Frederick lived with this master for about seven years. During this time in Baltimore he learned to read and write in a rather devious way. He would go down to the docks and look at the names on boats, and copy them down in the dirt. Then after mastering this he would go to hang out with the white children and tout that he could write excellently on a stone wall with chalk, and write down one of the ship's names. The white boys would laugh and write down something more intricate. Frederick would then copy what they wrote down, and thus learned how to write, and would ask the white boys to pronounce certain words that they spelled and in turn learned how to read (45-55).
(At this point in his life Frederick was finally able to give dates.) Frederick left baltimore and went to live with his Master Thomas Auld at St, Michael's in March 1832. Thomas Auld was a mean man, who would underfeed all his slaves with only a bushel of corn meal per week, and very little else. To the slaves underfeeding was one of the worst cruelties they could endure. Auld would also tie certain slaves up, and whip them till they bled and would leave them tied up until evening. "Master" Auld found Frederick unsuitable to his purposes, and sent him to be broken in to farm work by a Mr. Covey. Mr. Covey was a poor man, and a farm renter. He had a reputation for breaking in slaves. Frederick left Auld's house and went to live with Mr. Covey on the 1st of January, 1833 (57-62).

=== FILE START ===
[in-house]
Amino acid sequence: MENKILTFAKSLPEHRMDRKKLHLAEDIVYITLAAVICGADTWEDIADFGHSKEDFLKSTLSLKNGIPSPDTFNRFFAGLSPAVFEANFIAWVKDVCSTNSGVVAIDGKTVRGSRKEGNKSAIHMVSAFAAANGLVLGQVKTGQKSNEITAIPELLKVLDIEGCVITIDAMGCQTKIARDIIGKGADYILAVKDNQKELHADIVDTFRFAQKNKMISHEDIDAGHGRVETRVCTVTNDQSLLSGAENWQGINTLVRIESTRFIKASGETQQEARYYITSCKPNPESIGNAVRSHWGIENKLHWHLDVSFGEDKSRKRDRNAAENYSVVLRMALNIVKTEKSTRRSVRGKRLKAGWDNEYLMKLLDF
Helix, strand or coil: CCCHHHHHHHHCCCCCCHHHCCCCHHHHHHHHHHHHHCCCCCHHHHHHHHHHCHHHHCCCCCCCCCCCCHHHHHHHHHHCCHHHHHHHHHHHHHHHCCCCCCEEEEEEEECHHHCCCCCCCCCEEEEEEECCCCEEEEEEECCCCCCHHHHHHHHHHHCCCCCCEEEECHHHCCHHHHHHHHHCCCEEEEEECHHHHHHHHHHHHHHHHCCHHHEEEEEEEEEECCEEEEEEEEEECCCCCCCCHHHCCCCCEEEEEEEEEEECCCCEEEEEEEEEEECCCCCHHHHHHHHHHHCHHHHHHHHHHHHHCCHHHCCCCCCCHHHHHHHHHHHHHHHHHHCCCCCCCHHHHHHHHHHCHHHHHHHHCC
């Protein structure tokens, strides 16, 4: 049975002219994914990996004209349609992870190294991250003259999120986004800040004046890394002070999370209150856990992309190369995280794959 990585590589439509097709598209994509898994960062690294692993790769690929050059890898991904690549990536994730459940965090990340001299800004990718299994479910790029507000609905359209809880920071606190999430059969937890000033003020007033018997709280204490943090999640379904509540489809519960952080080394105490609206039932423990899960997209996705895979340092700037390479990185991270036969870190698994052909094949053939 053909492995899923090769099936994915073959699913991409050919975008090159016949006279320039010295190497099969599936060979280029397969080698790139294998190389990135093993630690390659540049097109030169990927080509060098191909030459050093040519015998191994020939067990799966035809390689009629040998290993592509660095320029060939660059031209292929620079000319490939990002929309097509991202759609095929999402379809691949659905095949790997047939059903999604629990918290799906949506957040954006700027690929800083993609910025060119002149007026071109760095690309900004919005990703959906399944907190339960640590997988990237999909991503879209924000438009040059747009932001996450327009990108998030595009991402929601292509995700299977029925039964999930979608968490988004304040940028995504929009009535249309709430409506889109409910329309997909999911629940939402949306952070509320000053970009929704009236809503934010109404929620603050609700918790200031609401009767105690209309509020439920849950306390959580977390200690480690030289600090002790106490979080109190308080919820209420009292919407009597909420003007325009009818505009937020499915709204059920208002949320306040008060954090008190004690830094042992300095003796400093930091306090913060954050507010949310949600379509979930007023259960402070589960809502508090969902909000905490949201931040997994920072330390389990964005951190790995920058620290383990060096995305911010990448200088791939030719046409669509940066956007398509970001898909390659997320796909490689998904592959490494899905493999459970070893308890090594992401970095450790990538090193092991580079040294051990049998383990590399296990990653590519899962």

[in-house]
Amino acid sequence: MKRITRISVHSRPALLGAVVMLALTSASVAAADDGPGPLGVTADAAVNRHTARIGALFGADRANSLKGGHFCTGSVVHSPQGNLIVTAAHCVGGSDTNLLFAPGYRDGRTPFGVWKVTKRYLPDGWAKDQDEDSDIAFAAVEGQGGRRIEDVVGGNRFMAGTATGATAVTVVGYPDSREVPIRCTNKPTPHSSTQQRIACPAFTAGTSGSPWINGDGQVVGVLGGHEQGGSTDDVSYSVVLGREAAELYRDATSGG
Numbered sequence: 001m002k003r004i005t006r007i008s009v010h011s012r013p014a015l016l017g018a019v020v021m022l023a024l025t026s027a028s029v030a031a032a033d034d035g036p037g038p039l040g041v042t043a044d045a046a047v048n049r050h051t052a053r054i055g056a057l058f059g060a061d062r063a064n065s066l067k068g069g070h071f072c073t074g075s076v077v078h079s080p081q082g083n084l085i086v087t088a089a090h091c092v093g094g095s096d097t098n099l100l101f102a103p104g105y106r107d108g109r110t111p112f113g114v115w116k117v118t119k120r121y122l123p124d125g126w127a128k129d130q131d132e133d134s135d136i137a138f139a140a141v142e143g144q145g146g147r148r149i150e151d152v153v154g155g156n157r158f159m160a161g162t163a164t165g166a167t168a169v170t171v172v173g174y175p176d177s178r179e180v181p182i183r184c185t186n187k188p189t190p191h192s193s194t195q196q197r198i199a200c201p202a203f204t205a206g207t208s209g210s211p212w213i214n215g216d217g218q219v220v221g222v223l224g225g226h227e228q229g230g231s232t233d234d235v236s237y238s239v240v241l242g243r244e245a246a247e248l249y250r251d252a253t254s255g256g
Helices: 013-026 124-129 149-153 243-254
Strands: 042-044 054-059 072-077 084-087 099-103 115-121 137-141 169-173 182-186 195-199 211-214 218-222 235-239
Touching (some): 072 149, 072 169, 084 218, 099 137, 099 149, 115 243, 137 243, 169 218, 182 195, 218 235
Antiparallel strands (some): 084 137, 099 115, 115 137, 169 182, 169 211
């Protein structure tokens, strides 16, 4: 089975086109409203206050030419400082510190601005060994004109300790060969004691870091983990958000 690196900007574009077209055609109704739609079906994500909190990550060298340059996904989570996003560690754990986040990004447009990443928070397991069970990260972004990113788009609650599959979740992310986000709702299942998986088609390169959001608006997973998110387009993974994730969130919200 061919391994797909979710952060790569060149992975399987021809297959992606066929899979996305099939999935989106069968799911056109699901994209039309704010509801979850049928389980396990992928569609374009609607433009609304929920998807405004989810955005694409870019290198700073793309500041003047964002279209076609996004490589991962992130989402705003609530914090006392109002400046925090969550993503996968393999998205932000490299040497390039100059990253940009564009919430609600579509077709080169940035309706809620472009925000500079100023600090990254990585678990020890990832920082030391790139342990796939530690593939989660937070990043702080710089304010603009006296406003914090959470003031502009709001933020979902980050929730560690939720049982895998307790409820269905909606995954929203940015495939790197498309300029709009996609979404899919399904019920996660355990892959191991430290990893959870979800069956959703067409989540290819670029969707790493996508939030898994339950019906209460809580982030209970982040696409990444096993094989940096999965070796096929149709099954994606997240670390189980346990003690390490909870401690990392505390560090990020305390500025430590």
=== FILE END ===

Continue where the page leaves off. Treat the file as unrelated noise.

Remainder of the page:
Now working for Mr. Covey, for a year, Frederick was a field hand. Unfortunately with his seven years of city life, he was no good at farmwork. For his lack of ability, Covey would give him severe whippings. Working for this man was difficult for Frederick, he thought of freedom more often than ever before. During a confrontation between Covey and Frederick there discussion came to blows, and Frederick won, and Covey never said a word after their fight. Frederick’s term of service to Covey ended on Christmas day 1833. On the first of January 1834, Frederick went to live with Mr. Freeland, who lived about three miles from St. Michael's. At the close of the year Frederick was hired again to his old master for the year of 1835, but he wanted to live on free land. Frederick planned an escape with some other slaves, but did not succeed, but his master never knew he was trying to escape. From there he went to live in Baltimore again with a Mr. William Gardner, who put him to work making pitch for vessels he was making (63-93).
In Frederick's narrative he finally escaped to the North, specifically New York. The circumstances and people who were involved are anonymous. Once in New York he married Anna Murray and moved to New Bedford where he got a job and became an abolitionist and gave great speeches on the evils on slavery (95-115).
- Quote paper
- Joseph Tuttle (Author), 2019, Book Review for "Narrative of the Life of Frederick Douglass", Munich, GRIN Verlag, https://www.grin.com/document/903165